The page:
Contrary to the widely held view that Neanderthals were evolutionary failures, the fact is that they persisted through some of the harshest climates imaginable. Over a period of 200,000 years, they had made some rather sophisticated tools and have had a social life that involved taking care of the wounded and burying the dead.
20. Twilight of the Neandertals, Kate Wong, Scientific American, August 2009
With their large brains and enormous strength, Neandertals were well suited to the rigors of hunting ice age mammals. But as the climate changed and a new kind of human appeared on the landscape, their numbers dwindled and they could no longer compete.
UNIT 5: Late Hominid EvolutionUnit Overview
21. A New View of the Birth of Homo sapiens, Ann Gibbons, Science Magazine, January 28, 2011
Did modern humans come out of Africa, spread around the world and replace, rather than mate with, the archaic humans they met? New genomic data is shedding light on this decades-long dispute. It appears that neither the out-of-Africa replacement model nor the multi-regional hypothesis will completely win out.
22. Meet the New Human Family, Jill Neimark, Discover, May 2011
There was a time when our ancestors shared the planet with other human species. Today, we stand alone, but the remains of the others, in the form of fossils as well as in the record of our DNA, tell remarkable stories.
23. Refuting a Myth About Human Origins, John J. Shea, American Scientist, March/April 2011
For decades, archeologists have believed that modern human behavior as reflected in tools and food-getting strategies developed along with what is identified in the fossil record as "modern Homo sapiens," but archeological evidence now shows that some of these behaviors, most importantly our capacity for wide behavioral variability, actually occurred among people who had lived very long ago, particularly in Africa.
24. The Birth of Childhood, Ann Gibbons, Science Magazine, November 2008
Unlike our closest relatives, the apes, humans depend on their parents for a long period after weaning. New investigative technology has allowed researchers to determine when and why our long childhood evolved.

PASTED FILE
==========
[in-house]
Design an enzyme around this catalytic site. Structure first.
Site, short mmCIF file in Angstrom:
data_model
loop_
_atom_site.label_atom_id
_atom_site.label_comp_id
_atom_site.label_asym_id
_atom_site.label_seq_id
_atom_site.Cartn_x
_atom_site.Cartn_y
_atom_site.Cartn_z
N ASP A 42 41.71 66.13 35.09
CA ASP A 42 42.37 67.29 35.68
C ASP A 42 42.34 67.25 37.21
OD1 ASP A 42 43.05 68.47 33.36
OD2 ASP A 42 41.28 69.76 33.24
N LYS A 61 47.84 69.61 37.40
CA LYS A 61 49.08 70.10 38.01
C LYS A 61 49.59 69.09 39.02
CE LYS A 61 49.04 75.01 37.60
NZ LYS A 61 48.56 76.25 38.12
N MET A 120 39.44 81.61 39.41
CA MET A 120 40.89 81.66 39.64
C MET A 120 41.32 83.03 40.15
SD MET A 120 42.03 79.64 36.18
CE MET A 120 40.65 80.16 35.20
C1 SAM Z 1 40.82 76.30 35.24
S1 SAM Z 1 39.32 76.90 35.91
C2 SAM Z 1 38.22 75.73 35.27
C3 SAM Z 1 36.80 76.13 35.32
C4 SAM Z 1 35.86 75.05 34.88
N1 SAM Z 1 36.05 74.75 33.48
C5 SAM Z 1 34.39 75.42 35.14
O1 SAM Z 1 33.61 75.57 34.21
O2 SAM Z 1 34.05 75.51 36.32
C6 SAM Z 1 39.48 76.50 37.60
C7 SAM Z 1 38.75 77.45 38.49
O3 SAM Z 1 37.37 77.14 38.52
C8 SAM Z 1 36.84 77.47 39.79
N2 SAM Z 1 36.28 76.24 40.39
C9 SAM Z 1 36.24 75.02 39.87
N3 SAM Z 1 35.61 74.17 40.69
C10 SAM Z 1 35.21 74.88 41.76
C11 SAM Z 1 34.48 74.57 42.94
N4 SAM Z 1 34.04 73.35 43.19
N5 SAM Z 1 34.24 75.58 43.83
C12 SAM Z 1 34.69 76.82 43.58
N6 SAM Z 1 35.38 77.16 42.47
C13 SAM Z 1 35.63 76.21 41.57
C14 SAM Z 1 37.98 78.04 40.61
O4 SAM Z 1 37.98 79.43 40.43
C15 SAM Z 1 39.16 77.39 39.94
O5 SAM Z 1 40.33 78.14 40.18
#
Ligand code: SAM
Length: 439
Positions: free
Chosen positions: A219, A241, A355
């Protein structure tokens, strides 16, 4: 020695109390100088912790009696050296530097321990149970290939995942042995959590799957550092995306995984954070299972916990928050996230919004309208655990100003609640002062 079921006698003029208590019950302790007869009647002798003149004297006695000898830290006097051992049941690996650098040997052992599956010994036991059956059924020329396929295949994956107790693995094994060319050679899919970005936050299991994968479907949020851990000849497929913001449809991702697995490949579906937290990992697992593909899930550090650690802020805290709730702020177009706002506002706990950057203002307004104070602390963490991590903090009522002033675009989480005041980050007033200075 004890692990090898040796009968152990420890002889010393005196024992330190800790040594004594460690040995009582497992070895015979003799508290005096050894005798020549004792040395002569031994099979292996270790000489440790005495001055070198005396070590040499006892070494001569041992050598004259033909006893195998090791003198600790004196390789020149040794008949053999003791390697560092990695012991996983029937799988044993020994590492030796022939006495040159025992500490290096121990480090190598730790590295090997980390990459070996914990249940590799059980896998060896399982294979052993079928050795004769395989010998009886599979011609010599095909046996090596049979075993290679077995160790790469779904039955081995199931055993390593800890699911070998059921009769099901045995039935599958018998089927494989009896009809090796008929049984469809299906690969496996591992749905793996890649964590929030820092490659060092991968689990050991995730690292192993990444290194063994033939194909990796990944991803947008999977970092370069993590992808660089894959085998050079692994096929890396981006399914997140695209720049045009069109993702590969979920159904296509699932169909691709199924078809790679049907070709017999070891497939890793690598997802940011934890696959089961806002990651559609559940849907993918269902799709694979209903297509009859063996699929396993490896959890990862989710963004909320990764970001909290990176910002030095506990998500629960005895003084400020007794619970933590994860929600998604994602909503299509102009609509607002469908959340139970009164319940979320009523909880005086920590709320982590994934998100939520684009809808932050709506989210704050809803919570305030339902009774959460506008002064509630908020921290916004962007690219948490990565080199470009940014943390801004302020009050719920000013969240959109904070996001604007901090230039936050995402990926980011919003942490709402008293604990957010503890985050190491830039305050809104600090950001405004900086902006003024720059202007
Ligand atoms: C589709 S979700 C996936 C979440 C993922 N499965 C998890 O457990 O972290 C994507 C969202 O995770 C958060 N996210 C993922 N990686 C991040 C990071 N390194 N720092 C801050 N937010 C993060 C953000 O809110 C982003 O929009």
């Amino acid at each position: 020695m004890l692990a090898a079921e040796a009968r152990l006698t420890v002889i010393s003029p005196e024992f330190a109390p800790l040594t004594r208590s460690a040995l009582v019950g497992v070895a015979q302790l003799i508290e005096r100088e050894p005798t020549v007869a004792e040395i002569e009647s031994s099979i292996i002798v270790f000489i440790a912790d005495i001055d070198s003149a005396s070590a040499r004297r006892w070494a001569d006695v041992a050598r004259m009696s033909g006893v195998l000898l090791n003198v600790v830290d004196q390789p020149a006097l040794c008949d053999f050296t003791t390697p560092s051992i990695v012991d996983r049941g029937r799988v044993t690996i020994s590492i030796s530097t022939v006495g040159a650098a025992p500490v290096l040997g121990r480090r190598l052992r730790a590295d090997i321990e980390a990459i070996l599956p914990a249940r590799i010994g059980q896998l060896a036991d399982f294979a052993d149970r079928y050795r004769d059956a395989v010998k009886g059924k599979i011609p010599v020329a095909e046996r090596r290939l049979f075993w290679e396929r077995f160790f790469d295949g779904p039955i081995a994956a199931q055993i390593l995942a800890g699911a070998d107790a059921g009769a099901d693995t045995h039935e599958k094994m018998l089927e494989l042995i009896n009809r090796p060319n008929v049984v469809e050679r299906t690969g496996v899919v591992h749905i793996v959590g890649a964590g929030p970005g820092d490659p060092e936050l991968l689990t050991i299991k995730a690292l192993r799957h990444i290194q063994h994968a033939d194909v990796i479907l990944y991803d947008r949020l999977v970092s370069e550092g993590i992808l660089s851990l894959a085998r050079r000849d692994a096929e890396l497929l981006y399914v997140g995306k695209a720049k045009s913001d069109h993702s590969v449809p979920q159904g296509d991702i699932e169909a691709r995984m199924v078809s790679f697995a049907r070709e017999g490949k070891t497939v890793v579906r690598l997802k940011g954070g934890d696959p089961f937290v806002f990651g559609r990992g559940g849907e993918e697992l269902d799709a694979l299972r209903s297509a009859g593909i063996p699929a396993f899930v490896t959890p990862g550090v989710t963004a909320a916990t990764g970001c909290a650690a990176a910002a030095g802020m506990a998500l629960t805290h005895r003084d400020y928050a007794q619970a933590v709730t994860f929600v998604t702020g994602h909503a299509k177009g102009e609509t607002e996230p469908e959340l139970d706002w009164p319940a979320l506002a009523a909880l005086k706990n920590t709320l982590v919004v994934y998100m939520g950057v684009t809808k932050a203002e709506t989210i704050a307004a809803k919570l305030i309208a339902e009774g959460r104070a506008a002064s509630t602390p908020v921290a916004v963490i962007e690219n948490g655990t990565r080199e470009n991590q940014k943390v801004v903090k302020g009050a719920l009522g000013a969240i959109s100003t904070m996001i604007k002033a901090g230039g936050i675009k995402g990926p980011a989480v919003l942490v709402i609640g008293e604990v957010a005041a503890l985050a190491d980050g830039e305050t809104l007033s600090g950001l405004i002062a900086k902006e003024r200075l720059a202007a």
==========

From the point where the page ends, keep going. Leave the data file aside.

25. The Evolution of Grandparents, Rachel Caspari, Scientific American, August 2011
A marked increase in survivorship of adults in the Upper Paleolithic had far-reaching effects on the nature of society. The appearance of a grandparental generation meant more resources available to the group, significant population increases and a greater efficiency in the transmission and accumulation of cultural knowledge for future generations. These changes may very well have accounted for our ancestors being the only hominid species left standing.
26. A Bigger, Better Brain, Maddalena Bearzi and Craig Stanford, American Scientist, September/October 2010
The diverse food-getting strategies employed by dolphin and ape societies are an excellent gauge of their social complexity as well as an example of how brain complexity, social complexity, and ecological complexity are all linked.
27. The Limits of Intelligence, Douglas Fox, Scientific American, June 14, 2011
Although there has been a general relationship between increases in brain size and intelligence in human evolution, the connection is not as obvious as it may seem. The more we learn about this most fascinating aspect of our development, the more we are led to conclude that the laws of physics may well prevent us from having an ever more powerful thinking machine.
28. Top Ten Myths About the Brain, Laura Helmuth, Smithsonian, May 20, 2011
In contrast to the wonderfully informative studies being conducted on the human brain, as discussed in the previous article, there exists a considerable amount of folk mythology about our most distinctive organ. For a variety of reasons, including poorly designed research, theoretical biases, hidden agendas and wishful thinking, many of the myths are, unfortunately, more widely known and espoused than the evermore fascinating scientific findings.
29. The Naked Truth, Nina G. Jablonski, Scientific American, February 2010
Recent findings lay bare the origins of human hairlessness and hint that naked skin was a key factor in the emergence of other human traits, such as the ability to cover long distances in the pursuit of food.
UNIT 6: Human DiversityUnit Overview
30. Can White Men Jump?: Ethnicity, Genes, Culture, and Success, David Shenk, from The Genius in All of Us, Doubleday, 2010